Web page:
Oh dear: Are we already in Stage 3?

Yes. Crazily enough, time has gone extremely quickly once again. I’m in Antigua Guatemala, for the third time. And I didn’t even have the chance yet to absorb that half of the project was finished last year!

So many things have happened since the last time I was able to sit and write about it in this blog. The Participatory Video for Monitoring & Evaluation project that I’ve been working on had advanced the capacity building process in Stage 2, last November, and also finished its monitoring of girl programming. We are now starting the participatory evaluation at country level and the sustainability plans for incorporating the tool in the regular M&E life cycle of the partner organisation.

What have we learnt so far? Well, below are some key things that we’ve achieved and faced in Stage 2.

What went well:

  • Team work: the group cohesion increased and the trainees are able to perform as members of functional groups.
  • Critical thinking: trainees were able to identify issues linked the MSC stories filmed, tagging them into domains with ease.
  • PV MSC process: The method and process required for collection and selection is clear for the trainees, who are able to perform independently of the trainers.
  • Local staff assigned to the project: Great support of the staff assigned to the project was essential to accompany the trainees’ evolution during post-training assignment 1 (PTA1) and Stage 2.
  • Logistics: The logistics for PTA1 and Stage 2 were both satisfactory thanks to the high level organisation done by the M&E coordinator from the partner organisation.
  • Documentary makers visit: The visit and exchange with a filmmaker and his crew, who was commissioned with the production of a documentary for the UN fund to prevent gender-based violence, was an interesting and positive experience for the trainees, who not only were at ease while being filmed and interviewed, but who also pointed out their cameras to interview the filmmaker!
  • Audiovisual skills: trainees harnessed their skills, incorporating understanding on the importance of diversity of images and sound and video language.
  • Online platforms: Trainees learnt how to use Vimeo and upload videos into their channel; created a facebook account and joined a secret group to exchange photos and comments in a safe space; opened a gmail account and join a google group created for the initiative to easily write to all those involved in it.
  • Editing skills: Trainees sharpened their editing skills with advanced sound and titles skills, as well as being able to export videos for DVDs, internet and full quality. They also learnt how to do dubbing from Spanish into their mother tongues, adding up to their existing skills of subtitling, and how to burn DVDs with another piece of software.
  • Girl-to-Girl exchange: Trainees re-connected with the trainees in a similar project in Uganda and had a conversation through skype, discussing about their process, what they liked so far and what they’ve found difficult.
  • Celebration: The last day, the partner organised a dinner to close Stage 2 and the trainees planned surprises. It included fun, laughter and a deep moment exchanging gifts and messages.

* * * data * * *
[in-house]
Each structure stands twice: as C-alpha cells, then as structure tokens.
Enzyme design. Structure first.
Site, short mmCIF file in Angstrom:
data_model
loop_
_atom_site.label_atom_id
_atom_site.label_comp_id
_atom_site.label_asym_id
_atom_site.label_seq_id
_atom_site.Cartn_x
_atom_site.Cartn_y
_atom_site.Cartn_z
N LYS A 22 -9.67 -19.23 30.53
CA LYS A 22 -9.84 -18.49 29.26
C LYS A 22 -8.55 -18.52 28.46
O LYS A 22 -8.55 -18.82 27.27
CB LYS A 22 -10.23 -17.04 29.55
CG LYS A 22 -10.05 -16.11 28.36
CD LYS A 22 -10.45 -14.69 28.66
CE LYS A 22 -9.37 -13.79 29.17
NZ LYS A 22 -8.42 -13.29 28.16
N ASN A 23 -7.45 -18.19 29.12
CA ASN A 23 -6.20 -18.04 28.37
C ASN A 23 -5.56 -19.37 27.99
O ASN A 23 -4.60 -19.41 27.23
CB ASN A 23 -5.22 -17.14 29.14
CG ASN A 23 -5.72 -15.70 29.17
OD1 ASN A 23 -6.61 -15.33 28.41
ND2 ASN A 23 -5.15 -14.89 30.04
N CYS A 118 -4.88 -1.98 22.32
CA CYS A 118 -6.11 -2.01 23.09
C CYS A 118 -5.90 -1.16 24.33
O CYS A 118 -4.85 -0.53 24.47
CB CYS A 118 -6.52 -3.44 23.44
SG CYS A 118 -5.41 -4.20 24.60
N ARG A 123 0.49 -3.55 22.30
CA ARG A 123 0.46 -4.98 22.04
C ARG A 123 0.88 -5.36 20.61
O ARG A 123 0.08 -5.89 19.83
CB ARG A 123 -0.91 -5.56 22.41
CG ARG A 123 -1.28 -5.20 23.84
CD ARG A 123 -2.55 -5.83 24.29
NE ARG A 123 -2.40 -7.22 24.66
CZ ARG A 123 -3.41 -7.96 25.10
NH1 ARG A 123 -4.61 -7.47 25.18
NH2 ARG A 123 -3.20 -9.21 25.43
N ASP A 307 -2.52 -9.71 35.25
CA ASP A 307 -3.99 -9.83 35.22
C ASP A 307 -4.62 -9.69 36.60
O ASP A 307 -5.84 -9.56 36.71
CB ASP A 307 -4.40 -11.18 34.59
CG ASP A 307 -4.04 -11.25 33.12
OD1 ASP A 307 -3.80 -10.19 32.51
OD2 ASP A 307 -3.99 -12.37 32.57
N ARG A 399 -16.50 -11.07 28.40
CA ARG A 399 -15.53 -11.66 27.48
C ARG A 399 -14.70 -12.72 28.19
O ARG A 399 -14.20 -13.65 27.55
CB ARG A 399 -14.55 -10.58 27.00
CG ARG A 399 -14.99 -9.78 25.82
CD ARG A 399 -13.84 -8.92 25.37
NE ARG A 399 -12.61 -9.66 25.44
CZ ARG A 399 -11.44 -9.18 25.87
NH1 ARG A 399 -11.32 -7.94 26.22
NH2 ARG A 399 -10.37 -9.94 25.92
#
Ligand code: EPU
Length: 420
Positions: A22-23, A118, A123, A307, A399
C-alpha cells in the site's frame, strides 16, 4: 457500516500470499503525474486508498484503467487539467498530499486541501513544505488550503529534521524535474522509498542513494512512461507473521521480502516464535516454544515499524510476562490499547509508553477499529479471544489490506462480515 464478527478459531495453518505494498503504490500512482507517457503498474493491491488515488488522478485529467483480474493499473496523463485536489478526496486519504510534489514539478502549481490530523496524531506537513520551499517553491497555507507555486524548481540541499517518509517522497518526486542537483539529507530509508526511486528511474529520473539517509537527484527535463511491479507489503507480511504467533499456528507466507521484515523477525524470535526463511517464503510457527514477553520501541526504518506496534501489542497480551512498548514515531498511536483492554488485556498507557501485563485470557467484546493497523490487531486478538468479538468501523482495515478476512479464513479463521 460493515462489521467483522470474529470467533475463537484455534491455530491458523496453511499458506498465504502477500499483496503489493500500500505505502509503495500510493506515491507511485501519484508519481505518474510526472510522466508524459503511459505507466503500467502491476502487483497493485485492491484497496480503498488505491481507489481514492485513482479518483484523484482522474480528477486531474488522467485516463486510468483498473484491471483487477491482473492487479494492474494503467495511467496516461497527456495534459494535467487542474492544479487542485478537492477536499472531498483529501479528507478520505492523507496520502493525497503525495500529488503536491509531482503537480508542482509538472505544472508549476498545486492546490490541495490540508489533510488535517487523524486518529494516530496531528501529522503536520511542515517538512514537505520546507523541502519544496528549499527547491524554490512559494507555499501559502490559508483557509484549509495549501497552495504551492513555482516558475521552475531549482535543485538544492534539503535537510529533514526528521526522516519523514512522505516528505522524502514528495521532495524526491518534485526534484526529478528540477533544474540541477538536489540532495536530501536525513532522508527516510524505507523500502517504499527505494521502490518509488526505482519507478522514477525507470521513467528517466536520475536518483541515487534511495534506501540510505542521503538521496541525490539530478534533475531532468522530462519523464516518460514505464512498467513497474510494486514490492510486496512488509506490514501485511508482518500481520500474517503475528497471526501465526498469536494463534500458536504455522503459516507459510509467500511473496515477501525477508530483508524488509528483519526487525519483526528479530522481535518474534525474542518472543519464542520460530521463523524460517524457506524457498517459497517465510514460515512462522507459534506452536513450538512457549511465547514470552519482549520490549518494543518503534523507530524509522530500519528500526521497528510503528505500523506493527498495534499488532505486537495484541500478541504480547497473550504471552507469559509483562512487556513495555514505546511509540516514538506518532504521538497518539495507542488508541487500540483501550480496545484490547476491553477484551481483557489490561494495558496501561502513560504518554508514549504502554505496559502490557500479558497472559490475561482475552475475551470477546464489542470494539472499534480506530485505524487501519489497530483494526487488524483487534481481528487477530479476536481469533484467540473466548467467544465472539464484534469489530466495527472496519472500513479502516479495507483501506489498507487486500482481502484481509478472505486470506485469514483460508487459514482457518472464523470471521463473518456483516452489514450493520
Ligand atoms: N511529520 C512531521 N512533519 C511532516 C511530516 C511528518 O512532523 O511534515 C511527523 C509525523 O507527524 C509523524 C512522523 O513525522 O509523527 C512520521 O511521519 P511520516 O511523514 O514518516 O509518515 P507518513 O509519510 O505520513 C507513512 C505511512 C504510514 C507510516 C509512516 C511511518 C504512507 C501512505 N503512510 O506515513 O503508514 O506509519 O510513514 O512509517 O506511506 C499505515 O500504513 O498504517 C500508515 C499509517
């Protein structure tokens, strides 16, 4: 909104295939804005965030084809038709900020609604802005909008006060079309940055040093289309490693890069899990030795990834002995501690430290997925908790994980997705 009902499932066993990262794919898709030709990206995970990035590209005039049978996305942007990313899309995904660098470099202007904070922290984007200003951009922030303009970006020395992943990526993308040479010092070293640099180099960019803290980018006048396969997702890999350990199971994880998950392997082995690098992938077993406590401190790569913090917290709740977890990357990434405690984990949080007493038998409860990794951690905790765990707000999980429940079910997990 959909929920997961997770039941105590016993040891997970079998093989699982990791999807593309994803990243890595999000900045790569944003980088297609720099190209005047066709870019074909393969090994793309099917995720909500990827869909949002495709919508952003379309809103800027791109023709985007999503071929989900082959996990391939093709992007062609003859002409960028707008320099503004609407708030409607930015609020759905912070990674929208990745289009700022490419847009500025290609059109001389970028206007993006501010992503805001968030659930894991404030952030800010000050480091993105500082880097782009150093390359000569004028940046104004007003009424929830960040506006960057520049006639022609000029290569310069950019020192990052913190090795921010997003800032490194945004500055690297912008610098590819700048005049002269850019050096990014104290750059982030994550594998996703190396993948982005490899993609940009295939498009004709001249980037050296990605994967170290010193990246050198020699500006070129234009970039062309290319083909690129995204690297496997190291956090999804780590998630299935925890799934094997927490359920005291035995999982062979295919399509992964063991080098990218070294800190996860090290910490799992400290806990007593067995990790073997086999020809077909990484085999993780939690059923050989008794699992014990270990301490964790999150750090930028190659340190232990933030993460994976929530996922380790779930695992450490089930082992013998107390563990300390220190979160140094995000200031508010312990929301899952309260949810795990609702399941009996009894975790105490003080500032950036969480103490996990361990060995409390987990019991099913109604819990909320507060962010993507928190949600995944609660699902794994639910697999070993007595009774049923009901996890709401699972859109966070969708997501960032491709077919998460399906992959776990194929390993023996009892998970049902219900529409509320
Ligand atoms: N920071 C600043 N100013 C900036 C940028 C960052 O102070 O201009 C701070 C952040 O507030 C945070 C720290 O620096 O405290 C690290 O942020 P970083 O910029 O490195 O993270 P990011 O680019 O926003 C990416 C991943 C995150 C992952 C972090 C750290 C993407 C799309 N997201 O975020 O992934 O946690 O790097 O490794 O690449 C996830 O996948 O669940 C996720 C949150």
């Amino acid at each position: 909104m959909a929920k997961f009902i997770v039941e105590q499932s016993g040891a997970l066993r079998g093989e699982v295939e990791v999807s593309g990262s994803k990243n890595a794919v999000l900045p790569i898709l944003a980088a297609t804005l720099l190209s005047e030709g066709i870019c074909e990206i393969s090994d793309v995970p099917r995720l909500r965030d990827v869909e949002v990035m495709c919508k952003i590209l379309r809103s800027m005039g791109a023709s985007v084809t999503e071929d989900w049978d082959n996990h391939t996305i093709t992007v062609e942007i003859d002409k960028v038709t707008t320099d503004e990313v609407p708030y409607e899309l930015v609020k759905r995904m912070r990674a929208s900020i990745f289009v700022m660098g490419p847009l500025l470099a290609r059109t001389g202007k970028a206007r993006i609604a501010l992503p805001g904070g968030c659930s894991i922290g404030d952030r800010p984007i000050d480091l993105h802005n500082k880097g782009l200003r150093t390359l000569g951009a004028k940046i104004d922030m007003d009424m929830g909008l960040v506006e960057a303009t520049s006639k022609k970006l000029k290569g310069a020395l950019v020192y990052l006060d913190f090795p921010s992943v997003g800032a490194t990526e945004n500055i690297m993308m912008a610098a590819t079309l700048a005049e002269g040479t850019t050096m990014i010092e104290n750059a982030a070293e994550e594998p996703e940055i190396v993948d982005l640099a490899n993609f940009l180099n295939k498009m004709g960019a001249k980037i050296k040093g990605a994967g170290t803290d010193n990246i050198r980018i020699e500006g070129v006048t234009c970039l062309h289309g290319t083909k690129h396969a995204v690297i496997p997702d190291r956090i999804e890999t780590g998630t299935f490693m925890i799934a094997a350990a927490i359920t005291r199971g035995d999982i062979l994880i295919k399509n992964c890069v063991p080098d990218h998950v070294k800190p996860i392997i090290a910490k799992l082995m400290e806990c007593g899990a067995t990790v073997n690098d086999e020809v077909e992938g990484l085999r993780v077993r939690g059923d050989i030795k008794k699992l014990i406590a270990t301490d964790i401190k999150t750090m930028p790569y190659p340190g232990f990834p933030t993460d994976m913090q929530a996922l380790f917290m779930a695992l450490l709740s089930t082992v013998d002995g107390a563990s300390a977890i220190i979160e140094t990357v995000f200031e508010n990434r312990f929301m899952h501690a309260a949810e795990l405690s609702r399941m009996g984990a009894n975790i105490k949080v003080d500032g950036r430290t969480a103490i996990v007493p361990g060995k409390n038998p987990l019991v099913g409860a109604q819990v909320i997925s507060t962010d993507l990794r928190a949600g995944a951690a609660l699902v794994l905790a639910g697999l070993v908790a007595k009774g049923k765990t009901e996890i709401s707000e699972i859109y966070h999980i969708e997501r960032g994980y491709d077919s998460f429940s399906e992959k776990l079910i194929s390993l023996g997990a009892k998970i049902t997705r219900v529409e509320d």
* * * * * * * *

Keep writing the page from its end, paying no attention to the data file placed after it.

What didn’t go so well:

  • Shifting power relations: The girl mentors had difficulties accepting the new role of the girl trainees, not only being now girl leaders but also acting as facilitators of PV MSC, and the new status that this role gives them in the programme. The partner staff is aware of the reactions and are following up closely the process of the girl mentors as well as supporting fully the trainees.
  • Busy time: November was a busy time for staff, having many activities to attend and support in the same two weeks, which stretched them and reduced their attention to Stage 2. Nevertheless, the M&E Coordinator was available and following up closely the delivery, participating as much as it was in his capacity, while also coordinating the logistics. The intern to this initiative was supporting us during the whole workshop.
  • MSC collection: Less girl participants than predicted attended the MSC collection. Instead of having three groups we had to re-organise the teams and create two groups to collect stories of change. One group included alumni and current girl mentors. The second group included 13-17 girl club participants. The re-organisation of the trainees caused some confusion and clashing of their planned roles. Nevertheless, trainees performed well and girl participants enjoyed the process.
  • Jealousy: The trainees felt jealous and tense when they had to share their space with the 13-17 girl participants. The trainers and staff had a deep conversation in which trainees were able to appreciate their new role and the importance of being inclusive and supportive of all the girls they have to work with.

The pearl: Trainees giving their impressions of the NGO world

One memorable moment in Stage 2 was the trainees representing diverse stakeholders that influence the programme and they want to influence through the videos. Some tough words were said about governments and corporates, but the one actor that was perceived by them as a “sympathetic friend” that would empathize with their cause was the development sector. Just to remind the readers, these are 16 to 25 year-old strong young women and leaders in their communities, coordinating girl clubs and now becoming PV M&E facilitators. They described us (and when I mean us, I include anyone working in the development and aid world) as people with willingness to support and help from the heart, thoughtful, emotional, and with eagerness to create new projects to improve the lives of young girls.